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28 October 2016 last updated

Scrapped pension annuity sales market would have been poor value

The plan by the government to allow people to sell their annuities for cash would result in poor value due to the risk to buyers arriving at a price for the annuity and potential for fraud against consumers.

Last month the government scrapped George Osborne's second hand pension annuity market intended to allow people to sell their annuity for a lump sum.

The Treasury came to this decision after consulting the pensions industry, regulators and consumer groups saying that although there would be enough people willing to sell their annuity there were not enough buyers to to make a competitive market.

The plan was proposed following the pension freedoms in the March 2015 budget to create more freedom for the 5 million people with annuities and for those that would buy them in the future.

In addition the Treasury believed the second hand annuity market could not be balanced with sufficient consumer protection resulting in poor consumer outcomes.

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Lack of support from providers

The proposed second hand annuity market suffered from a lack of support from providers with Standard Life in February 2016 opting not to take part.

In order to work there would need to be an active market of insurance companies buying back their own annuities and sufficient numbers of other buyers competing to buy on the open market. In the end very few companies were willing to support the plan with only Legal & General and Just Retirement open to the idea.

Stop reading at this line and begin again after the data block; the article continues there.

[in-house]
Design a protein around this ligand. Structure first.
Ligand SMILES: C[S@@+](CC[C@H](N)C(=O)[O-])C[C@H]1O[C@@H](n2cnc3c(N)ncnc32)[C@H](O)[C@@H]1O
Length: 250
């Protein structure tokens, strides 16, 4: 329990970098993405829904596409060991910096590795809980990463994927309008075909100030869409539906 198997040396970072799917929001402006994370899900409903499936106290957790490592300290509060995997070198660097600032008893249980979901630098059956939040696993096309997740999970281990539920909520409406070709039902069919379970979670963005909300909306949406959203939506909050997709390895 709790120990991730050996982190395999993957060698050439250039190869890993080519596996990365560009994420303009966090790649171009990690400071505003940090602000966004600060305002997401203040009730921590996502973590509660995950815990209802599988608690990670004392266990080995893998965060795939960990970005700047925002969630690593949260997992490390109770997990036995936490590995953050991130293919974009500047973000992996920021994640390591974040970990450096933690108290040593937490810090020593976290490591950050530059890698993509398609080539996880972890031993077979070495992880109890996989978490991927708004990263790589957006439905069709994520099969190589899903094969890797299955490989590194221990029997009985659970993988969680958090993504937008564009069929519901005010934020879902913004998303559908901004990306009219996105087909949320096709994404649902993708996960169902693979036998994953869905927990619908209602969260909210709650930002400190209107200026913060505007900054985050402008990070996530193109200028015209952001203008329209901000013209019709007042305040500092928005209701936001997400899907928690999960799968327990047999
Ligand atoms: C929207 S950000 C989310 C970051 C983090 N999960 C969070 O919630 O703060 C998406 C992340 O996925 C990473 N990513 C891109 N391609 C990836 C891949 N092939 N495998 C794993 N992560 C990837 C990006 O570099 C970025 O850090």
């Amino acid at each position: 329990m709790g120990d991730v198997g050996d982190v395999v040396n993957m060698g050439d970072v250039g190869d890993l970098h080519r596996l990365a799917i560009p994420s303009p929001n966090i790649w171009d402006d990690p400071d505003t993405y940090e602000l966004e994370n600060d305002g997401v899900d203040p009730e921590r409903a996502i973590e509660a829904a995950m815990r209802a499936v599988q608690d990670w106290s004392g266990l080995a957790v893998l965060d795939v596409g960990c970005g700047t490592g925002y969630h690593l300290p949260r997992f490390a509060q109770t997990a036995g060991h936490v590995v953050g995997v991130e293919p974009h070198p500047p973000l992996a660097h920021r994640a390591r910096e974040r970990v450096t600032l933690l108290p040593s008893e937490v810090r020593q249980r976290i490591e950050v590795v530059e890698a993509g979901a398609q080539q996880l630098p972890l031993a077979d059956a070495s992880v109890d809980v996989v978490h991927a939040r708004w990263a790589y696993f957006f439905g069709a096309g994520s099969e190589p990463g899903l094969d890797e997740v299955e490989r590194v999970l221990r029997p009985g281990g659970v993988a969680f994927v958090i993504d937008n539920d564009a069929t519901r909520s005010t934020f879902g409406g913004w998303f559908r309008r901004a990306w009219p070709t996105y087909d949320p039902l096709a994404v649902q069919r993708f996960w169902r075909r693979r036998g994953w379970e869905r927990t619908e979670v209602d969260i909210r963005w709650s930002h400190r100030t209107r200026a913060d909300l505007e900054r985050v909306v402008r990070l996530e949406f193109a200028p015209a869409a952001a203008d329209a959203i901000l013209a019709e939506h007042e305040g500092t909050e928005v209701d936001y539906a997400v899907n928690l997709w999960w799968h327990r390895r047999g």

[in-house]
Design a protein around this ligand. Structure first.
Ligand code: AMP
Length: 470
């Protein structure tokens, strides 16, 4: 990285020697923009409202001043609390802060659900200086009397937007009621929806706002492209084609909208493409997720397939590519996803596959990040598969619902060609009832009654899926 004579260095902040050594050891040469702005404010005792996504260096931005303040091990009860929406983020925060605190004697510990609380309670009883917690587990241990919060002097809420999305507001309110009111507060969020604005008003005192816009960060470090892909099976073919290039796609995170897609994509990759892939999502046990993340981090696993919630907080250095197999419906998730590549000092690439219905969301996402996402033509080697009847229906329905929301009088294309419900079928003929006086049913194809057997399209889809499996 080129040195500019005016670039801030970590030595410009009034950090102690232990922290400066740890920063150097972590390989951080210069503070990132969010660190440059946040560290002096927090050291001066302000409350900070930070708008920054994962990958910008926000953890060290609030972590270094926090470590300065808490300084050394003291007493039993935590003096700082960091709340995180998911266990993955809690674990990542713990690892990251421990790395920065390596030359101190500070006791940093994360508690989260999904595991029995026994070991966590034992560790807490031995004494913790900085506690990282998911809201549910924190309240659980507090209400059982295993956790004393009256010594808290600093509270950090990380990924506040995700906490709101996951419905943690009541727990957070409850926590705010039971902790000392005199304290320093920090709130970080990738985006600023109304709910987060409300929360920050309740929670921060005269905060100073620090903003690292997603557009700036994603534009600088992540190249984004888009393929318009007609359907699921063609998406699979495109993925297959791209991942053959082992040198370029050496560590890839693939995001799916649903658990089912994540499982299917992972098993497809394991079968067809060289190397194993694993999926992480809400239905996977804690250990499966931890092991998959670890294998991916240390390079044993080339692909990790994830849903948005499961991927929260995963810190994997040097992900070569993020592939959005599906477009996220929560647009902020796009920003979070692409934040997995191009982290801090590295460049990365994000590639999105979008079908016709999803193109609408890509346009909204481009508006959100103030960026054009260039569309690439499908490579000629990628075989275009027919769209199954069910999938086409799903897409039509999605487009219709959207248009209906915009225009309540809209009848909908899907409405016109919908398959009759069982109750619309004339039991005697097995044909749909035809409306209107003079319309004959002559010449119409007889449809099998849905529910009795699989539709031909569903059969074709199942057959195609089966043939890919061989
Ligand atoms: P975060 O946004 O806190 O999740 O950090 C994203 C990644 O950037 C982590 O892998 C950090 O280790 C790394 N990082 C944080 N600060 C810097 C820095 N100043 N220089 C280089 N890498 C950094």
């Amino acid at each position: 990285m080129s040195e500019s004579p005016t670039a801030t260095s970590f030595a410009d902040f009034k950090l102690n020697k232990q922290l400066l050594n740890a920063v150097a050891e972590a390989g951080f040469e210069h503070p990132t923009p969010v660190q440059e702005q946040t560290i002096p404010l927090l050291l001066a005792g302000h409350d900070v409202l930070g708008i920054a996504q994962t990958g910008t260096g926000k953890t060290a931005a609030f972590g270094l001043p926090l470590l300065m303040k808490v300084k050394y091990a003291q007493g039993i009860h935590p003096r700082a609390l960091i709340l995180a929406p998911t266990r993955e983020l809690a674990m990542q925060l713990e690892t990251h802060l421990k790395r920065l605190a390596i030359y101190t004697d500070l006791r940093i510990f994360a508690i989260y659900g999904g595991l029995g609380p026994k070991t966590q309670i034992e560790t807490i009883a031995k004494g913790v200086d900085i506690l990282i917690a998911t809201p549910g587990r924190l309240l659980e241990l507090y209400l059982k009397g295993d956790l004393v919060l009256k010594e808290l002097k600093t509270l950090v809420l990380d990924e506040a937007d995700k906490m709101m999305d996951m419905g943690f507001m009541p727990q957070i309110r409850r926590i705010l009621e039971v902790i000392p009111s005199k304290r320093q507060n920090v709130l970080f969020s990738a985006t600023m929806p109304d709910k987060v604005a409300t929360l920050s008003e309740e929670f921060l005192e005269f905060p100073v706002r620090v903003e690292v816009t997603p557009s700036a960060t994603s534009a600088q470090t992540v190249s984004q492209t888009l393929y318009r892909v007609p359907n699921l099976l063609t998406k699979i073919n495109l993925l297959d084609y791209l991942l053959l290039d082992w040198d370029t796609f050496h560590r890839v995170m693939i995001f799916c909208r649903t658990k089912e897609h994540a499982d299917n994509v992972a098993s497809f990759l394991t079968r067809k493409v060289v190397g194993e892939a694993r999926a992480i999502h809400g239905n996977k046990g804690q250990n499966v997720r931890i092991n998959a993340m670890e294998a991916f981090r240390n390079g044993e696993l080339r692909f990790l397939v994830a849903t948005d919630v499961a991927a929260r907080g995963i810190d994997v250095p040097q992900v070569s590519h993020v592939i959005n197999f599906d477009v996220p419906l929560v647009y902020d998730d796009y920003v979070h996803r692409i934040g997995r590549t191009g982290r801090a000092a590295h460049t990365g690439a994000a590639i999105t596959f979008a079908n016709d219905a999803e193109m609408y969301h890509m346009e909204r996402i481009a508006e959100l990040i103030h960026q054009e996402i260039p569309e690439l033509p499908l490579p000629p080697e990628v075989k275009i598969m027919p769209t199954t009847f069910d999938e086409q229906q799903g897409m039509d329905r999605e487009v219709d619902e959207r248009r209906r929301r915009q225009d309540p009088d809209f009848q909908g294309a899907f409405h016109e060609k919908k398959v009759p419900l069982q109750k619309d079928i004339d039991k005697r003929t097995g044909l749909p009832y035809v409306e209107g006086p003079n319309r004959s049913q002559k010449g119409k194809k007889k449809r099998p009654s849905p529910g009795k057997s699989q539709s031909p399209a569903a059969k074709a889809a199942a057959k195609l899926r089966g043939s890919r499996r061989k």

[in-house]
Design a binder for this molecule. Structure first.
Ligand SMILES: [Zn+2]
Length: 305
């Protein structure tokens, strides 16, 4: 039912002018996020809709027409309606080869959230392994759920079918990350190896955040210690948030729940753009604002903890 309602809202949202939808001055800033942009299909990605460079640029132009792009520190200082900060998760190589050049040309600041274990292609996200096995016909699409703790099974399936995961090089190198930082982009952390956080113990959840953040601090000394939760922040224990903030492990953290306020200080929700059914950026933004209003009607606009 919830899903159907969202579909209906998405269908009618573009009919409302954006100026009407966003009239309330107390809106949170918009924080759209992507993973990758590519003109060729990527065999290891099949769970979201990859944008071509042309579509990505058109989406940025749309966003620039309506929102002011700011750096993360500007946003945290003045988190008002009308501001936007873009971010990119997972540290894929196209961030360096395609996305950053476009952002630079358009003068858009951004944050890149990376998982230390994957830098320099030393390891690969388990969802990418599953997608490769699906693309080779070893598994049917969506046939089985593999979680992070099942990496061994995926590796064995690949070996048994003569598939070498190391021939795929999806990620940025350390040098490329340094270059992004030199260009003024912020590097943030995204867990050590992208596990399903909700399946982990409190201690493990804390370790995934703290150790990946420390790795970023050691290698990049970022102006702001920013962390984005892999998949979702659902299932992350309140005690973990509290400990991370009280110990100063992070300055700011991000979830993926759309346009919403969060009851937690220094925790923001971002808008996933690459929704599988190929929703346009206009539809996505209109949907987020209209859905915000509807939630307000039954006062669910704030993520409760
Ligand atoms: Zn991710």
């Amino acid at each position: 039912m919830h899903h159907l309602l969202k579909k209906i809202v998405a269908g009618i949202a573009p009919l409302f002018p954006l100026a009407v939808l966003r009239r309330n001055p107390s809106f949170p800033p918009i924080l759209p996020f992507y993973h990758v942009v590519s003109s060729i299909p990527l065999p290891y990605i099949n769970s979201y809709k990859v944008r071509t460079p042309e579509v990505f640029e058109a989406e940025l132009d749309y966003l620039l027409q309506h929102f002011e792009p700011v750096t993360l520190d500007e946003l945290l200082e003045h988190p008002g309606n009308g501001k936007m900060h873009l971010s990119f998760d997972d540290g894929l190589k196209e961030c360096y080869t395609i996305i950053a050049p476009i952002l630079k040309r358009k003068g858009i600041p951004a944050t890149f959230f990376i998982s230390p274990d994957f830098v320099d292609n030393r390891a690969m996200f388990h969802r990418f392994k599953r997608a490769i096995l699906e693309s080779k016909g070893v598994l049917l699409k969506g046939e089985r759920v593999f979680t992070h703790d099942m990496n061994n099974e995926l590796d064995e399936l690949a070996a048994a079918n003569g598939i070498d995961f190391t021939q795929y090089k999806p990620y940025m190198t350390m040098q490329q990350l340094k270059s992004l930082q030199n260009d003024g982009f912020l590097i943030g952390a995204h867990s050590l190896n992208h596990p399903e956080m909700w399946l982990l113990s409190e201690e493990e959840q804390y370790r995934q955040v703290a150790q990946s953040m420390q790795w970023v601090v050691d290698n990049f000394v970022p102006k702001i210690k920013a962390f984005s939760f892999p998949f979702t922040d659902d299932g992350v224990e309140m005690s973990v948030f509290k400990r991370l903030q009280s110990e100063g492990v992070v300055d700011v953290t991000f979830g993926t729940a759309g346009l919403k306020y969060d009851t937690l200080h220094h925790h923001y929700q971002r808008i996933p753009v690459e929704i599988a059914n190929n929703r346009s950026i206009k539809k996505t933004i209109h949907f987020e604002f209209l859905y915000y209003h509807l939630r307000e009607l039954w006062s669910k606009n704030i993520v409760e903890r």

There were also a number of uncertainties in the second hand market for the buyer. Firstly how would they calculate the value for the lump sum for the annuity and this could be the original fund less income paid and costs plus tax paid to date. It could mean a fund of £100,000 after three years would reduce to £75,000.

In addition when the annuity was bought part of the income would have benefited from a mortality cross-subsidy. This is where some of the annuitants die earlier than expected and part of their fund is added back which helps to increase the annuity rates for other annuitants.

If an annuitant leaves an insurance company would underwrite them for any medical conditions which would mean an even lower fund value would be offered.

Risks to the consumer

The difficulty calculating the fund value from a buyer and possible high costs associated with the offer could mean people despite for the cash sum would receive a poor outcome.

From the point of view of HM Treasury, it was clear that "creating the conditions to allow a vibrant and competitive market to emerge with multiple buyers and sellers of pension annuities could not be balanced with sufficient consumer protection".

The Treasury further said "Consumer protection is a top priority for the government, and we are not willing to allow a market to develop which could produce poor outcomes for consumers, such as receiving poor value for their annuity income stream and suffering higher costs".

Simon Kirby, the Treasury economic secretary, said: “It has become clear that we cannot guarantee consumers will get good value for money in a market that is likely to be small and limited. Pursuing this policy in these circumstances would put consumers at risk – this is something I am not prepared to do.”

Related internet links:
Guardian - Treasury makes U-turn on second hand market
Citywire - Government abandons annuity sellers market
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